Leo Rising (Zodiac Guardians #3) - Tamar Sloan
“Eat my dust, sucker!” Cassandra trills as she steers Princess Daisy into first place on the screen in front of her.
“I don’t think so,” says her cousin, Julia, right before shooting a red turtle shell at her.
Princess Daisy falters as she recovers from the hit, allowing Princess Peach to take the lead and cross the finish line first.
“No! I was so close!” Cassandra huffs while still wearing a smile. She looks at her cousin. “How did you get so good at video games?”
“I’m thirteen, it’s kinda my job.” Julia rolls her eyes with a giggle.
Cassandra reaches over and ruffles the top of Julia’s head, messing up the smooth and shiny dark brown curtain that falls over her shoulders. Julia whines, but Cassandra knows she loves the attention. Julia practically worships her big cousin, and Cassandra enjoys being her role model. Julia may just be her favorite member of the family. These visits are the only times Cassandra gets to have fun at home.
“What’s all the ruckus?” Her dad walks beneath the doorway, hands tucked into the pockets of his suit slacks, a disapproving frown setting his jaw as he looks down at them.
Cassandra stiffens and her smile deflates. She hadn’t expected him home just yet.
She swallows, bracing herself. “I was just entertaining Julia with a video game.” She shrugs, as if the gesture will afford her some forgiveness.
“I kicked her butt, Uncle Richard!” Julia squeals with glee.
“Did you really?” he asks Julia, though his eyes are trained critically on Cassandra.
She can almost feel herself shrinking under that heavy, judging gaze.
“Julia, why don’t we get ready for dinner?” Cassandra suggests, desperate for an escape. “Nancy should be just about done.”
Julia nods and climbs to her feet. “I hope she made peach cobbler again.”
“Let’s go see.” Cassandra rises from the cushion she’d been using as a seat and attempts to guide Julia around her father, who remains standing in the doorway.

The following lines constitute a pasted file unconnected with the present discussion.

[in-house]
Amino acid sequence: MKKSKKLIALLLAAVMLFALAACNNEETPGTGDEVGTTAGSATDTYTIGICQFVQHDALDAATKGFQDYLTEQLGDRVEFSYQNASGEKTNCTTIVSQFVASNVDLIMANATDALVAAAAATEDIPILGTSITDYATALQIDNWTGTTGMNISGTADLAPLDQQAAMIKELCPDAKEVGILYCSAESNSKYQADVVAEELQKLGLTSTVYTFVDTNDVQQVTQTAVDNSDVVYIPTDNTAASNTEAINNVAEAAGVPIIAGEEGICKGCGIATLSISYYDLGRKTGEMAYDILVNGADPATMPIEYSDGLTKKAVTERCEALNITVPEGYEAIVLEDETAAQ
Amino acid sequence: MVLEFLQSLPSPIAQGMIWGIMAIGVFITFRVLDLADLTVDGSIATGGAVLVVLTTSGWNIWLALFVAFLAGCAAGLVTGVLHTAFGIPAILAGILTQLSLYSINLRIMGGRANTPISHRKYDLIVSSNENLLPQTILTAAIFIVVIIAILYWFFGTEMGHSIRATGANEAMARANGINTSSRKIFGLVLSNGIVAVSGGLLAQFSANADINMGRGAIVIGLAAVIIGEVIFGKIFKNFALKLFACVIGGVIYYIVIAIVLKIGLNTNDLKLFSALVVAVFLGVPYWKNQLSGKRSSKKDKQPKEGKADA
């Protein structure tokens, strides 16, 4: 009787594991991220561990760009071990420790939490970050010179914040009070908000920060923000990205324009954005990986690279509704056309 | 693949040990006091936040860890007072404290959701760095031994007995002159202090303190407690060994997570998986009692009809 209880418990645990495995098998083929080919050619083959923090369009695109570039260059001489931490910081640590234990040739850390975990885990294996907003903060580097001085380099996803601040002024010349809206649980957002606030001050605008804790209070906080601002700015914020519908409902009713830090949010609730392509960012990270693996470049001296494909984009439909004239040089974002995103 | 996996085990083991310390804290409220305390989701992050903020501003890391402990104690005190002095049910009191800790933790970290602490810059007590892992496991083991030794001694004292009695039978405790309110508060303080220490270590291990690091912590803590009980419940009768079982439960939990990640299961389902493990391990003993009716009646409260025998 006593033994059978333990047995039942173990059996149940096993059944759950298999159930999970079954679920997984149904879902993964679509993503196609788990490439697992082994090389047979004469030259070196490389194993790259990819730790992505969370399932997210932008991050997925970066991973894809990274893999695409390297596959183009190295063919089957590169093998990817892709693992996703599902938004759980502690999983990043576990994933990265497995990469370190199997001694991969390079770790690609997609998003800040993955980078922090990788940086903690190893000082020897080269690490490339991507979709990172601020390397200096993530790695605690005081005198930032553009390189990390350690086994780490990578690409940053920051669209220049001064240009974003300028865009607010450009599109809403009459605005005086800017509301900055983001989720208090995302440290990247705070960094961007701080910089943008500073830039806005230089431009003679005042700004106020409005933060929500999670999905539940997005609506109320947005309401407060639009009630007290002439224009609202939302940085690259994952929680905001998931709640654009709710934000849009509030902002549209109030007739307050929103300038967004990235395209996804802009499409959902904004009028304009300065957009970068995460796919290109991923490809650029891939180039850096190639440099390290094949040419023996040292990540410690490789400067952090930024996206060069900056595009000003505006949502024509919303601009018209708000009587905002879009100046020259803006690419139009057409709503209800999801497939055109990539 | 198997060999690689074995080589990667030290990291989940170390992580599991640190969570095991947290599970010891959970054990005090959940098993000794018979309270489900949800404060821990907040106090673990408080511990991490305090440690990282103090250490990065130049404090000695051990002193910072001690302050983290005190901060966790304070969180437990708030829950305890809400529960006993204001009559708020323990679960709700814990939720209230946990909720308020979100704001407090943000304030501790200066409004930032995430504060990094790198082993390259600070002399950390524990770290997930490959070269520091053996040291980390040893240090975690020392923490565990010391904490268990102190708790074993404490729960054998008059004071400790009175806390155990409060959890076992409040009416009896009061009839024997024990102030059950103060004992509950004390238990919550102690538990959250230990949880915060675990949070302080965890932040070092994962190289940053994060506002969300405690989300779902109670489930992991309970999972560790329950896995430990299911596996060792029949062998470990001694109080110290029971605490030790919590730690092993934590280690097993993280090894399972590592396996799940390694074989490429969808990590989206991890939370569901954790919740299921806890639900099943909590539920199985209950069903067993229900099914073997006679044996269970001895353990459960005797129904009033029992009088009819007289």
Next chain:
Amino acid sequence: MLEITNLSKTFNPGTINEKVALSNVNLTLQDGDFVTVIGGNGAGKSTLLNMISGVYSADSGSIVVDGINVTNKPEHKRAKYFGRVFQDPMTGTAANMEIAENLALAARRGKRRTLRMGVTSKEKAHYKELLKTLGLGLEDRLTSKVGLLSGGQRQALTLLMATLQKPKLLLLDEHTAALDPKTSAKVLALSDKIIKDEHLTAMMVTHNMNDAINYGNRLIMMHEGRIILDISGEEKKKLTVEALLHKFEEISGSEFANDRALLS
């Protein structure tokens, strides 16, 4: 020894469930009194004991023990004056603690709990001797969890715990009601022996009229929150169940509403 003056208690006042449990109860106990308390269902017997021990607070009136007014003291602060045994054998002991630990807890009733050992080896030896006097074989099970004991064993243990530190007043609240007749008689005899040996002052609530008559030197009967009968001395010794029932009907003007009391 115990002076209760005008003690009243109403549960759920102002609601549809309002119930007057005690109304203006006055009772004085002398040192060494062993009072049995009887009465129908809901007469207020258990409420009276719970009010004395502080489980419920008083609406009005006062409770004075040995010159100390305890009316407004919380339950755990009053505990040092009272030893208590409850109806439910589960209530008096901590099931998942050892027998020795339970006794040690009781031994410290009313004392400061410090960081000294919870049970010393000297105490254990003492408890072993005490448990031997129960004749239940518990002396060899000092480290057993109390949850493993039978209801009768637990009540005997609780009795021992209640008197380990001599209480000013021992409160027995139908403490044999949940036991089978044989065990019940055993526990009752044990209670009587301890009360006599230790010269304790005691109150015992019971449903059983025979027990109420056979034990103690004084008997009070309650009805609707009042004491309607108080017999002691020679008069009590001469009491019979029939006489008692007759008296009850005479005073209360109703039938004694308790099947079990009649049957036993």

“Why don’t you go ahead, Julia?” her dad says, placing a halting hand on Cassandra’s shoulder. Cassandra flinches at the contact, then grinds her teeth, hoping he didn’t notice. “I need a moment with my daughter.”
Julia shrugs. “Okay.” She skips up the hall to the dining room.
Cassandra’s dad watches as the girl disappears around the corner, then turns his scrutinizing steel eyes on his daughter.
“Video games?” His tone is low and dark, making her spine go ramrod straight.
The all too familiar fear and shame ignite, and Cassandra clenches her fists at her sides.
It’s alright, girl. Just breathe. Stay in control.
“She begged me, and I saw no harm in playing for a short while,” she says, defensive. Plus, I planned to stop long before you were supposed to be home.
He steps closer, towering over her, forcing her to stumble backward. “No harm? Not only did you waste your time on frivolous games, but you lost, and to a child no less.” He speaks in a whisper, his voice so hushed that the company in the kitchen wouldn’t be able to hear.
Except it feels like he might as well be screaming at her.
Her palms tingle with the heat Cassandra’s struggling to contain, and all she can do is press her nails into her skin, repeating her inner mantra. Breathe. Stay in control…
Her father narrows his eyes and leans in so that his shadow falls over her face. “I didn’t raise a loser. Or did I?”
She shakes her head so forcefully that her blond locks whip around her face. “No, sir. I just thought letting her win would help boost her confidence.”
He snorts, his nose wrinkling with a disgusted sneer. “One doesn’t build true confidence by being handed anything. All you’re doing is setting her up for future failure. She looks up to you, Cassandra, so show her someone worthy of such admiration.”
“Yes, sir,” she says, barely audible. Her grip is so tight that her knuckles are numb.
“Excuse me?” he hisses.
She clears her throat and repeats herself with more gusto, “Yes, sir.”
Her father hovers in front of her, his gaze chipping away at her. She doesn’t exhale until he finally turns around and walks to his study, closing the door behind him.
Cassandra backs all the way into her room, uncurling her fists and flexing her fingers. She looks down at her palms. Nothing is there but the four semi-circle indents, now with a fresh tinge of pink. Over the years, they’ve formed into scars, a permanent reminder of her dirty little secret.
She wipes her palms down her thighs, as if she could wipe away the shame.